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Commissioning for better health outcomes

Councils were given responsibility for public health in April 2013. The initial focus was on ensuring a safe transition of staff, services and contracts – and getting these into good shape. Now, three years on, many councils are moving to a phase of transformation with health being embedded in everything the council does, including its commissioning.

Investing in prevention and better health outcomes can be part of the solution to the challenges of increasing levels of need along with shrinking budgets. Effective preventative interventions can reduce health and social care costs and the need for welfare benefits. Better health can also enhance resilience, employment and social outcomes.

The financial climate for councils and their partners is becoming increasingly tough, making it ever more important to get the best outcomes from the scarce resources available. Effective commissioning is one of the levers that councils can use to make the most of the resources they and their partners have.

This guidance is based around a set of principles that make for good commissioning. These were developed from a scoping workshop with public health and procurement staff, consultation with delegates at the Local Government Association (LGA) and Association of Directors of Public Health (ADPH) conference and from the lessons emerging from the case studies included in this report.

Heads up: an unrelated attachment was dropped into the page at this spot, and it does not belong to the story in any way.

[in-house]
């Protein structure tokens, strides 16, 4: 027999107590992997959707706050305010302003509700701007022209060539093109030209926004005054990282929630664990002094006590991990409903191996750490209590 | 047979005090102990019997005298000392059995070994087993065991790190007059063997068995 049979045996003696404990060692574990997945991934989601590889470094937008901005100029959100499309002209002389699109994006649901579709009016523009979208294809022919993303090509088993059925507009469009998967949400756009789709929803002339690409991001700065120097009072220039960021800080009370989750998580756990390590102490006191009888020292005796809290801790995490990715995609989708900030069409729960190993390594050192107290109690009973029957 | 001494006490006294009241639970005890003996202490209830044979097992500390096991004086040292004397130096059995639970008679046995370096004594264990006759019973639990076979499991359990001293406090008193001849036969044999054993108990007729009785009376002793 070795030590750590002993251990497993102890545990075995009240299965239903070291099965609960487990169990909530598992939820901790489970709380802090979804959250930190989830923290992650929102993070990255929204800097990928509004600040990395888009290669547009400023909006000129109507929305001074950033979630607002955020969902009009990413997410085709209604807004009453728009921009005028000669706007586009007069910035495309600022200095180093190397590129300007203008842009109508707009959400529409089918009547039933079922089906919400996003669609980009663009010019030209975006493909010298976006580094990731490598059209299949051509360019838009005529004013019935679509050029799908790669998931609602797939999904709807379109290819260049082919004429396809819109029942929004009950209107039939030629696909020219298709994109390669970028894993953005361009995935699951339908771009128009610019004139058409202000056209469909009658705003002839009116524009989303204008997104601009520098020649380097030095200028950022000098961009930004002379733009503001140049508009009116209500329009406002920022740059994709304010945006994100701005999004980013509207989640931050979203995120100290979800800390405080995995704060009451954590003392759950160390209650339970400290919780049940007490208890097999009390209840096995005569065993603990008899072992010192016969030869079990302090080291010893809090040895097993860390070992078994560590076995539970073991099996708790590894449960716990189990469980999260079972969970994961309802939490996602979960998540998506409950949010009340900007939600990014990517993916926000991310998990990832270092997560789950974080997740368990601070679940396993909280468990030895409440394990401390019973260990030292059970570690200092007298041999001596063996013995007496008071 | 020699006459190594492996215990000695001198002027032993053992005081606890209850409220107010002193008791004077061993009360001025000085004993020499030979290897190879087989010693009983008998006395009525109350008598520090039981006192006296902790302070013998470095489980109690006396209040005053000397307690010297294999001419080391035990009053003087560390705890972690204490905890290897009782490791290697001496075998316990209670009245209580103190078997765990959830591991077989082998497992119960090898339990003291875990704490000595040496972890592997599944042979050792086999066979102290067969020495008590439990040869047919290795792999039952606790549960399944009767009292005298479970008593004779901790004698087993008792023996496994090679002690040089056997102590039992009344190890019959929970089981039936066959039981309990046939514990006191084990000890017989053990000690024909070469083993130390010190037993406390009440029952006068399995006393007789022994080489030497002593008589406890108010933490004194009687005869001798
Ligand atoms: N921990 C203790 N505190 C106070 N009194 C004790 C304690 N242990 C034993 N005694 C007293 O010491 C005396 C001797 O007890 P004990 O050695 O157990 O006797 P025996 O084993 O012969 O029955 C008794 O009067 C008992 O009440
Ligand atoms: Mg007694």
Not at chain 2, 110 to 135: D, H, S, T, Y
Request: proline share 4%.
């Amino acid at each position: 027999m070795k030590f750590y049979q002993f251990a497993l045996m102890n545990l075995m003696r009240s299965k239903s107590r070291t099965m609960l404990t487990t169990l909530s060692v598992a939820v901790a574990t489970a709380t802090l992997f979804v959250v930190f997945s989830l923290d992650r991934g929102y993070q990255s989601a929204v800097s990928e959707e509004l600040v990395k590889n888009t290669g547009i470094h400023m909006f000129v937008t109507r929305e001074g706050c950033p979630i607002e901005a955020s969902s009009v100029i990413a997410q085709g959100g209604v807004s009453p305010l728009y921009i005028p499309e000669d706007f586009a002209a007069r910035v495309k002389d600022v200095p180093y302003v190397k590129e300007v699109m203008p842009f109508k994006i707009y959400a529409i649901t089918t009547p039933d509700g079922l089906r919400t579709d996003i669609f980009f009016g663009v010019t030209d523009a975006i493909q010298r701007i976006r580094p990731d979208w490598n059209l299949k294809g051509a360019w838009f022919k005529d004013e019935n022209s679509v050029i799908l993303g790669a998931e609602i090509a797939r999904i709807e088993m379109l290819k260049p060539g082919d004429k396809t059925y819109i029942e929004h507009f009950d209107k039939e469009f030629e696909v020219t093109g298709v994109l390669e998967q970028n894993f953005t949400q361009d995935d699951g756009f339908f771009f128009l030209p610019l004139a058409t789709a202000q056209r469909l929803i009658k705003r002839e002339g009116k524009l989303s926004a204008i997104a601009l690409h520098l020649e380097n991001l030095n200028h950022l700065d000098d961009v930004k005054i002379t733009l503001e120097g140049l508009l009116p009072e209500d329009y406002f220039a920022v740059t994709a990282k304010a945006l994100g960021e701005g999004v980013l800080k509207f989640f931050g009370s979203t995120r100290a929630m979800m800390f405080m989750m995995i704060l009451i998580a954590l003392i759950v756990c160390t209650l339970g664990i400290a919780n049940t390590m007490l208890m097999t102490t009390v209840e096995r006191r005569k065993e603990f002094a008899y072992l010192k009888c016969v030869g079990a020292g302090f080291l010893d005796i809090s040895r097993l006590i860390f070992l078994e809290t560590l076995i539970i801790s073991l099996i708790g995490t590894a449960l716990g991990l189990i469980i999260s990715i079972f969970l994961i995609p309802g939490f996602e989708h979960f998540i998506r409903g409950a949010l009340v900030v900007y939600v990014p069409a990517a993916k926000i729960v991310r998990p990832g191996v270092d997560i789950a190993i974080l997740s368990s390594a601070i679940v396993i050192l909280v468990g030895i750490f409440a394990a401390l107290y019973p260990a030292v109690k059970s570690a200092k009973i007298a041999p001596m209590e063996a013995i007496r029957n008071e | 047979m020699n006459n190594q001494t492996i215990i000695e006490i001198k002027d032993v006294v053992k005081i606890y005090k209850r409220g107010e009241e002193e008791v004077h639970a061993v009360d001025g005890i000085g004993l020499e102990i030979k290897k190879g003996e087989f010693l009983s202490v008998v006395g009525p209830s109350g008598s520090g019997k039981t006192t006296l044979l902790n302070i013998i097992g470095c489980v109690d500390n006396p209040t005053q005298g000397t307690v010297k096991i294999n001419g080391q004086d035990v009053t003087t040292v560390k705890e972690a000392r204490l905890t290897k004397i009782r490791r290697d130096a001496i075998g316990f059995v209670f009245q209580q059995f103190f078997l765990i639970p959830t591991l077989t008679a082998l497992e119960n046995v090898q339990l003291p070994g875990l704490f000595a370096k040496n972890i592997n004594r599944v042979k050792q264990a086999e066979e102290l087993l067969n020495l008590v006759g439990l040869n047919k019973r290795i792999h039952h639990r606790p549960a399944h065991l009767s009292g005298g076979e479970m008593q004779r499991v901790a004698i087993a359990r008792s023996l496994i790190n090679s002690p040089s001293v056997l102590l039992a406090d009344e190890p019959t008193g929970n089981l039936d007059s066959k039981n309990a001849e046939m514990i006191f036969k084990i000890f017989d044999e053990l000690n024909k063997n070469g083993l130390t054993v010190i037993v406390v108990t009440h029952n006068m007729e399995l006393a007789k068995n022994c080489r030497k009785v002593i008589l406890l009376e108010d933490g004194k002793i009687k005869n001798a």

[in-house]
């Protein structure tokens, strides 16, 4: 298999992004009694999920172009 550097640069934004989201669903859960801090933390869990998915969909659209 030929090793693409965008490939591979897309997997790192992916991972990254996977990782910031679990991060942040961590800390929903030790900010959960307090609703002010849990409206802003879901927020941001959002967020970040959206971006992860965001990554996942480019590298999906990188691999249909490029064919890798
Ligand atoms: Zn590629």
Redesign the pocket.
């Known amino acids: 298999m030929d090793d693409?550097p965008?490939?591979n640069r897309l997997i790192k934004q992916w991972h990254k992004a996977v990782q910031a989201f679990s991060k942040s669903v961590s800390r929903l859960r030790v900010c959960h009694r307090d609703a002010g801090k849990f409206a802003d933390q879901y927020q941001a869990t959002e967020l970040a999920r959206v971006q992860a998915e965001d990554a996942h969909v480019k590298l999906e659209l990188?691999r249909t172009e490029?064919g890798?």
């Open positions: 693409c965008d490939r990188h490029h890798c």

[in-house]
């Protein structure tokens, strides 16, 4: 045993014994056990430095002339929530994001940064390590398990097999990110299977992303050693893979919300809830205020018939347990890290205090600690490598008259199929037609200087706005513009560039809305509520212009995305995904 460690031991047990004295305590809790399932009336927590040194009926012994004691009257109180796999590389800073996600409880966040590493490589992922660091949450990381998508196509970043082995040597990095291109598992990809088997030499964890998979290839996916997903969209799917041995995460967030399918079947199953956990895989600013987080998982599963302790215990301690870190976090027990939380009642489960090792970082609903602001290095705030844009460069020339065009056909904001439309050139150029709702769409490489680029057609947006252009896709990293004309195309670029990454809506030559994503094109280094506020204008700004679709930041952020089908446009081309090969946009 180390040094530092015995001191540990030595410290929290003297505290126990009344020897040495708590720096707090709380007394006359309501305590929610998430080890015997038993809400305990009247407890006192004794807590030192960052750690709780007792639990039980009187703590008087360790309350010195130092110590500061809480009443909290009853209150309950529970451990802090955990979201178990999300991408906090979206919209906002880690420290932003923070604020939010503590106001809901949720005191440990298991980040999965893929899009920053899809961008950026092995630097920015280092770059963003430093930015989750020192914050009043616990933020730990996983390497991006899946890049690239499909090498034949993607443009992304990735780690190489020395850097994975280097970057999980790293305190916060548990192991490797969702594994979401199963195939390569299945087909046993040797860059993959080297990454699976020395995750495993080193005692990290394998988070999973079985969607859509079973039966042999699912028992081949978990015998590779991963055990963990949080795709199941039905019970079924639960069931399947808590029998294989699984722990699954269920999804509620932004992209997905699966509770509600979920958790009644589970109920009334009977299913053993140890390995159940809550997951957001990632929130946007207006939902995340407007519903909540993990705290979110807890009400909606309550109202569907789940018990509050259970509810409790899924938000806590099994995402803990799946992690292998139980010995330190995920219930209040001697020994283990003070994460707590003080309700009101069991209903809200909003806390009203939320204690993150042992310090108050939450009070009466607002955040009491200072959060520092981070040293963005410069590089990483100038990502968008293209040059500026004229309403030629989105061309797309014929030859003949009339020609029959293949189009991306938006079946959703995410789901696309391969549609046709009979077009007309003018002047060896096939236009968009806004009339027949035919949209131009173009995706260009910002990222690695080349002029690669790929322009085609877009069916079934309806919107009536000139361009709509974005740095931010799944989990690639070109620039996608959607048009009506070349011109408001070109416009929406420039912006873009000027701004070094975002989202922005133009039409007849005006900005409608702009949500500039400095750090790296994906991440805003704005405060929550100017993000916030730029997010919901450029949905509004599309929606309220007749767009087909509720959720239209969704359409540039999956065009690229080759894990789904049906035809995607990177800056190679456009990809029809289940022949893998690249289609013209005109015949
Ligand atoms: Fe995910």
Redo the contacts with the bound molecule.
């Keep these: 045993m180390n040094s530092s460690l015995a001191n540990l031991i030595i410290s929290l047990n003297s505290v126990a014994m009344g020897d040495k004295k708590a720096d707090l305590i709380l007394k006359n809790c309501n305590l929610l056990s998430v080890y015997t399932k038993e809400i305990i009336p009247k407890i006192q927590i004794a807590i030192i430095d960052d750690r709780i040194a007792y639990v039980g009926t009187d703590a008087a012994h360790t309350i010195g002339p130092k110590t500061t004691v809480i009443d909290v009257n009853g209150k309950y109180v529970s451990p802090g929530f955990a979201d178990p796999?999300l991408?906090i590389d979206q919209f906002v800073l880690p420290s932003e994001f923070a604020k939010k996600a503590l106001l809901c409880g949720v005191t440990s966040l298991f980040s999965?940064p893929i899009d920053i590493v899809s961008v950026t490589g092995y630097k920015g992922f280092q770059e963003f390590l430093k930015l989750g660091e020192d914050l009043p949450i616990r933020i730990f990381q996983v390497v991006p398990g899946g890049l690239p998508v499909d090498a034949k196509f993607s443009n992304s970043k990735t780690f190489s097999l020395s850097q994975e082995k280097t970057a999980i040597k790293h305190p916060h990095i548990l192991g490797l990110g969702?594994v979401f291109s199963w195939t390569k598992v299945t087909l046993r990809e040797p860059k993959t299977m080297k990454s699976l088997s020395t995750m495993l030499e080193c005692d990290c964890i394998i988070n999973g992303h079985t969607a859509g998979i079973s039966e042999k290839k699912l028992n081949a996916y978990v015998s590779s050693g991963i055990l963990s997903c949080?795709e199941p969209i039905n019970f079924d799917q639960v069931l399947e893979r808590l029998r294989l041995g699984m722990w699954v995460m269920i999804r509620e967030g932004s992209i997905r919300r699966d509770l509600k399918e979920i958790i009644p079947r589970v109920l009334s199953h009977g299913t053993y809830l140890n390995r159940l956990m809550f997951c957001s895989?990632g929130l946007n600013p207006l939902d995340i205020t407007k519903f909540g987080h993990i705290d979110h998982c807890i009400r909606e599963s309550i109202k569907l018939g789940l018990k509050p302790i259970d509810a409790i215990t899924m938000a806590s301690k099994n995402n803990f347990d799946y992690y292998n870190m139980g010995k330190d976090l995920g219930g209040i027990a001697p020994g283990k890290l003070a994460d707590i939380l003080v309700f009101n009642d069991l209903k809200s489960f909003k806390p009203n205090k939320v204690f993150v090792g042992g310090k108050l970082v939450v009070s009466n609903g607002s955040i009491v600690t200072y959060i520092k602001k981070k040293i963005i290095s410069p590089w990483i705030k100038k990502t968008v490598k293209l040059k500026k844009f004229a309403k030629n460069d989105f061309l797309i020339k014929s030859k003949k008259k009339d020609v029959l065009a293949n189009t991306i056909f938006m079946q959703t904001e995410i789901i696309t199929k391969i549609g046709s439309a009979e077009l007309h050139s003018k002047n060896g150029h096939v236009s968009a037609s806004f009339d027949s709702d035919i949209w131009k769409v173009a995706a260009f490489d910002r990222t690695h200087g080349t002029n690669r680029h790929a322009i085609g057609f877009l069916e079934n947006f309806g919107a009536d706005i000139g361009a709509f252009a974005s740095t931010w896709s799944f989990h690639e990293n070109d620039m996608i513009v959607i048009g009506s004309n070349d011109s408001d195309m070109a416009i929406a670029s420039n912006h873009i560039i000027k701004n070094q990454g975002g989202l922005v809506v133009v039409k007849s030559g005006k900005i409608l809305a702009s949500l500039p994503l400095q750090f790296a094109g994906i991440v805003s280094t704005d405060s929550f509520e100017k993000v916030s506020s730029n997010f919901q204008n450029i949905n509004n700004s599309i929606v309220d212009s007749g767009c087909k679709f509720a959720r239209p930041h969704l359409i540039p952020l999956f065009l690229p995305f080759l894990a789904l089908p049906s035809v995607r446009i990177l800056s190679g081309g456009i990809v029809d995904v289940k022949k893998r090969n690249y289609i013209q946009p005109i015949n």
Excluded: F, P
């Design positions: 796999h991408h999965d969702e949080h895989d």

The case studies have been chosen to illustrate positive approaches to commissioning being taken across the country to address a wide range of public health challenges.

Common to all of the examples was the enthusiasm for working in the council environment, the opportunities it had brought to make better links between programmes and the mutual respect that had been built up between colleagues from different professional backgrounds. Many also pointed to the value of political leadership of the health agenda and the critical role elected members played in ensuring momentum in difficult times.